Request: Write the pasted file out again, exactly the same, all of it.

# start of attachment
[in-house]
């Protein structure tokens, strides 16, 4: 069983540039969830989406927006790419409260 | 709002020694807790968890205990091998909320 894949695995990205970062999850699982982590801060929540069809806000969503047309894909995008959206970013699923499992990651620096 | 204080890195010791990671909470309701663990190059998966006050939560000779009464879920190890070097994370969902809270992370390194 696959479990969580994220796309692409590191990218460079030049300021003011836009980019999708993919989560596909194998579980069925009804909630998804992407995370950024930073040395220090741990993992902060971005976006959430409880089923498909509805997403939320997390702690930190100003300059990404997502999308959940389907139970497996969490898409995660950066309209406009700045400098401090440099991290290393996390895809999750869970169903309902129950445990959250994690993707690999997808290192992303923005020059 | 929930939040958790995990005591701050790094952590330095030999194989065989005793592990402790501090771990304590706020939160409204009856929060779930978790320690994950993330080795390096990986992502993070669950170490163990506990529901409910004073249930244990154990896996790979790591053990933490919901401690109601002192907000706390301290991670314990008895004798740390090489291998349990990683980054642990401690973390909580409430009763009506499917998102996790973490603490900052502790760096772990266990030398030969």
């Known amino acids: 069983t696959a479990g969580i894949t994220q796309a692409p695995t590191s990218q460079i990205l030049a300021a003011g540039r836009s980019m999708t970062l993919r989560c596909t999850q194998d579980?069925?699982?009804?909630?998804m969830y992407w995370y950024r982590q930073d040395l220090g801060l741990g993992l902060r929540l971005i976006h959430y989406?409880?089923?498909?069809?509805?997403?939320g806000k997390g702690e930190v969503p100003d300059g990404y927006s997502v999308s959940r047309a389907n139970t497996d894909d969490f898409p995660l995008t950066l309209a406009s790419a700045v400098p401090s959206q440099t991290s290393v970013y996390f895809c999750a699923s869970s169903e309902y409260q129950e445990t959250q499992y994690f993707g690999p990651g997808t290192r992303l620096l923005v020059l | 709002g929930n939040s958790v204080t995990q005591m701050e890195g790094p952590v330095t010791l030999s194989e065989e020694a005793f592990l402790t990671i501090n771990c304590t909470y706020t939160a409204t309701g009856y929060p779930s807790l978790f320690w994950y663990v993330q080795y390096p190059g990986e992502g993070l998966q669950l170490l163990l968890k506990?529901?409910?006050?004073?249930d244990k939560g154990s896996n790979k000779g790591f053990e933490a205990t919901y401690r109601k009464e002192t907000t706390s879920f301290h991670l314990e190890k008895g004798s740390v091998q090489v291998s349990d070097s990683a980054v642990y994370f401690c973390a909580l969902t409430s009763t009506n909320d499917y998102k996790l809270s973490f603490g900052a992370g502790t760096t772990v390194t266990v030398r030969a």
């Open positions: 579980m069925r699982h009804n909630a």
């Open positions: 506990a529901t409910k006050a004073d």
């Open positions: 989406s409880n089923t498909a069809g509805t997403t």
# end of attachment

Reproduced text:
[in-house]
């Protein structure tokens, strides 16, 4: 069983540039969830989406927006790419409260 | 709002020694807790968890205990091998909320 894949695995990205970062999850699982982590801060929540069809806000969503047309894909995008959206970013699923499992990651620096 | 204080890195010791990671909470309701663990190059998966006050939560000779009464879920190890070097994370969902809270992370390194 696959479990969580994220796309692409590191990218460079030049300021003011836009980019999708993919989560596909194998579980069925009804909630998804992407995370950024930073040395220090741990993992902060971005976006959430409880089923498909509805997403939320997390702690930190100003300059990404997502999308959940389907139970497996969490898409995660950066309209406009700045400098401090440099991290290393996390895809999750869970169903309902129950445990959250994690993707690999997808290192992303923005020059 | 929930939040958790995990005591701050790094952590330095030999194989065989005793592990402790501090771990304590706020939160409204009856929060779930978790320690994950993330080795390096990986992502993070669950170490163990506990529901409910004073249930244990154990896996790979790591053990933490919901401690109601002192907000706390301290991670314990008895004798740390090489291998349990990683980054642990401690973390909580409430009763009506499917998102996790973490603490900052502790760096772990266990030398030969």
């Known amino acids: 069983t696959a479990g969580i894949t994220q796309a692409p695995t590191s990218q460079i990205l030049a300021a003011g540039r836009s980019m999708t970062l993919r989560c596909t999850q194998d579980?069925?699982?009804?909630?998804m969830y992407w995370y950024r982590q930073d040395l220090g801060l741990g993992l902060r929540l971005i976006h959430y989406?409880?089923?498909?069809?509805?997403?939320g806000k997390g702690e930190v969503p100003d300059g990404y927006s997502v999308s959940r047309a389907n139970t497996d894909d969490f898409p995660l995008t950066l309209a406009s790419a700045v400098p401090s959206q440099t991290s290393v970013y996390f895809c999750a699923s869970s169903e309902y409260q129950e445990t959250q499992y994690f993707g690999p990651g997808t290192r992303l620096l923005v020059l | 709002g929930n939040s958790v204080t995990q005591m701050e890195g790094p952590v330095t010791l030999s194989e065989e020694a005793f592990l402790t990671i501090n771990c304590t909470y706020t939160a409204t309701g009856y929060p779930s807790l978790f320690w994950y663990v993330q080795y390096p190059g990986e992502g993070l998966q669950l170490l163990l968890k506990?529901?409910?006050?004073?249930d244990k939560g154990s896996n790979k000779g790591f053990e933490a205990t919901y401690r109601k009464e002192t907000t706390s879920f301290h991670l314990e190890k008895g004798s740390v091998q090489v291998s349990d070097s990683a980054v642990y994370f401690c973390a909580l969902t409430s009763t009506n909320d499917y998102k996790l809270s973490f603490g900052a992370g502790t760096t772990v390194t266990v030398r030969a």
């Open positions: 579980m069925r699982h009804n909630a």
């Open positions: 506990a529901t409910k006050a004073d």
């Open positions: 989406s409880n089923t498909a069809g509805t997403t």